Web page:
Can You Sue for Retained Placenta?

Finally…the baby’s out! For a mother who just gave birth, it’s such a relief for labor to be over. But wait! There’s still one phase of labor left: placental delivery. It may seem insignificant, but delivering the placenta is extremely important. Why? A retained placenta can be a danger to the mother’s health. 

Most of the time, doctors detect it and remove it quickly without incident. When they don’t, it spells trouble, and maybe even a future lawsuit. Can you sue for retained placenta? You’ll find the answer to that question and more below. 

Birth injury lawsuit for retained placenta.

What is Retained Placenta?

Retained placenta is a medical condition that can occur after childbirth. It happens when the placenta or parts of it remain inside the uterus instead of being expelled. 

Normally, after a woman gives birth, the uterus contracts to help detach the placenta from the uterine wall. This should happen within 30 minutes after the baby is born. If it doesn’t, doctors diagnose the mother with retained placenta. Then they prescribe treatment, which usually involves:

  • Medication to trigger contractions so the uterus can expel the rest of the placenta 
  • Manual/surgical removal of the placental remains

During pregnancy, the placenta is a vital organ. It provides oxygen and nutrients to the developing fetus. But after the baby has left the womb, it’s no longer vital. Its presence is not only unnecessary but dangerous. 

Retained placenta only occurs in about 1-3% of all pregnancies. So it’s not very common.

Types of Retained Placenta

There are two main types of retained placenta:

  • Complete: The entire placenta remains inside the uterus after childbirth.
  • Partial: Only a part of the placenta remains inside the uterus after childbirth.

As you might guess, complete retention is more serious. But both types can cause infection and bleeding, and require immediate medical attention. 

There are also a few different classifications of retained placenta based on why it “gets retained”:

  • Placenta Accretas: The placenta’s blood vessels grow too deeply into the uterine wall. This makes it challenging for the placenta to separate during delivery.
  • Placenta Adherens: Contractions aren’t strong enough to get the placenta out. 
  • Trapped Placenta: The placenta detaches, but gets trapped behind a closed cervix
Woman receives care after childbirth.

Signs to Watch Out For

When a piece of the placenta overstays its welcome, the body will voice its unconformity loud and clear. Signs of retention include:

  • Prolonged bleeding (beyond normal postpartum bleeding, called lochia)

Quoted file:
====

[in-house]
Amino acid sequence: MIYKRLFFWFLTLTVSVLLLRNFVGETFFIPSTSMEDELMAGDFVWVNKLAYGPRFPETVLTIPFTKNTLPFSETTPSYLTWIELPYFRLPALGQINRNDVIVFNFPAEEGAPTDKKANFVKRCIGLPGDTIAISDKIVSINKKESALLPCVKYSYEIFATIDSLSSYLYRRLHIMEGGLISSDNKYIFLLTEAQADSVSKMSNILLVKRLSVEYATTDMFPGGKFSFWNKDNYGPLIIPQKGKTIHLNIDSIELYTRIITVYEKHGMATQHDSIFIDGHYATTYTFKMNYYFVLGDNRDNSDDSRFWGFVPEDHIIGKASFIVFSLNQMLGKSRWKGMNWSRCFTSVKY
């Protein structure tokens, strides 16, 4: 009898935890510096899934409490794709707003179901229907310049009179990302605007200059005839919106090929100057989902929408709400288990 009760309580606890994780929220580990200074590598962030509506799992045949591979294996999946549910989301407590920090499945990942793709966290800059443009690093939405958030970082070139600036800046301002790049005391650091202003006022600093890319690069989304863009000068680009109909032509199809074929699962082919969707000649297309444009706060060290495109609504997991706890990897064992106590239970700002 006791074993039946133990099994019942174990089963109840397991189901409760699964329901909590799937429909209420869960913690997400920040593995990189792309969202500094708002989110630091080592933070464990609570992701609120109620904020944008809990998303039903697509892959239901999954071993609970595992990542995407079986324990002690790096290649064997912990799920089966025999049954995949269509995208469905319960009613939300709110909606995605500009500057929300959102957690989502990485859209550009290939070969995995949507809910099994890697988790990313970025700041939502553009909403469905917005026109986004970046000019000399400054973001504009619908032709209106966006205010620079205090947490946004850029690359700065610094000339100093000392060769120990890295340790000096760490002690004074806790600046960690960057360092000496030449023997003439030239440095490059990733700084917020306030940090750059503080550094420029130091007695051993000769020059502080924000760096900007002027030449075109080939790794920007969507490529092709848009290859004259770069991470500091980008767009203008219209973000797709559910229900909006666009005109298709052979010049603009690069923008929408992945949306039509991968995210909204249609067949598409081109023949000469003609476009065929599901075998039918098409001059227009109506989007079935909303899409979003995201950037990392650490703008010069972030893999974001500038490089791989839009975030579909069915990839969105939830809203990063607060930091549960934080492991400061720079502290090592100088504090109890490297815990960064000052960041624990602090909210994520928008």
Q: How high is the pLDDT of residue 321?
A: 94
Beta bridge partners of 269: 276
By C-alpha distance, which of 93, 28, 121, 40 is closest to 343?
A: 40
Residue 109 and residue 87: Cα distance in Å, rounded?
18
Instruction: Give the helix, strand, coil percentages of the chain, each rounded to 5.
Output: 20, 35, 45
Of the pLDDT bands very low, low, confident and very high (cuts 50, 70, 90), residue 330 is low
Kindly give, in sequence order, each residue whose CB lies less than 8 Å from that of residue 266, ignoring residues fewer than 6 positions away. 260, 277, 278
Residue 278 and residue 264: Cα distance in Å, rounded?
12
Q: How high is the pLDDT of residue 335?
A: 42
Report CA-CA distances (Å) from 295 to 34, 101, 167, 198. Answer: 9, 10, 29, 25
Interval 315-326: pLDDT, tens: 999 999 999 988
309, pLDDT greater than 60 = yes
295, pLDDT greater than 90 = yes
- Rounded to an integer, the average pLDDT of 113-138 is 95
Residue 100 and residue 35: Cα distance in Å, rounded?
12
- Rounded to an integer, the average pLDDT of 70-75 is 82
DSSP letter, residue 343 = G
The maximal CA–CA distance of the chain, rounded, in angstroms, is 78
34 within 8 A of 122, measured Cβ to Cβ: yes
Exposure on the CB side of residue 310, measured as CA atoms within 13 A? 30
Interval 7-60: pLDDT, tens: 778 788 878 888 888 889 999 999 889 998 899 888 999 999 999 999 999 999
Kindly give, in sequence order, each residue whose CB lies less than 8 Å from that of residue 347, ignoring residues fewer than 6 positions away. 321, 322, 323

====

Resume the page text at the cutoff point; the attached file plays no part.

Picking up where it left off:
• Uterine atony (Uterus doesn’t contract properly, so it becomes soft and enlarged)
  • Abdominal pain or discomfort
  • Fever and chills (Placental remains can cause infection, which leads to symptoms like fever and chills)
  • Foul-smelling discharge (This is another result of infection)
  • Delayed milk production
  • Elevated heart rate

If you experience any of these symptoms in the days following birth, contact your doctor right away. Sometimes the signs of retained placenta don’t show up for days, or even weeks.

Complications from Retained Placenta

Doctors should always check the placenta after birth and make sure no parts of it have been left behind. But a tiny amount may go unnoticed. When that happens, a woman might experience complications like the following:

  • Infection 
  • Blood loss

When blood loss or infection are severe, they can be life-threatening. This is why failure to catch and diagnose is a big deal. If your doctor missed the signs and you developed severe complications, you may be able to take legal action.

Question mark

Can You Sue for Retained Placenta?

The short answer is yes, you can sue.. But you must have solid grounds to do so. 

Can you sue for retained placenta? A birth injury lawyer can help answer that question for you, based on the details of your case. But here’s a simplified explanation of what makes a valid case:

  • Placenta tissue remained in the uterus after birth
  • Your health professional failed to diagnose and/or treat retained placenta, or didn’t handle it properly
  • You suffered health complications as a direct result (such as developing a severe infection). 

The first step towards finding out whether you can sue is contacting a lawyer. But not just any lawyer. You’ll obtain the best results with a birth injury lawyer. This type of attorney has the experience and medical knowledge needed to handle cases involving retained placenta. 

Hampton & King offers initial consultations free of charge. We invite you to send us a message or give us a call, we’re happy to answer your legal questions!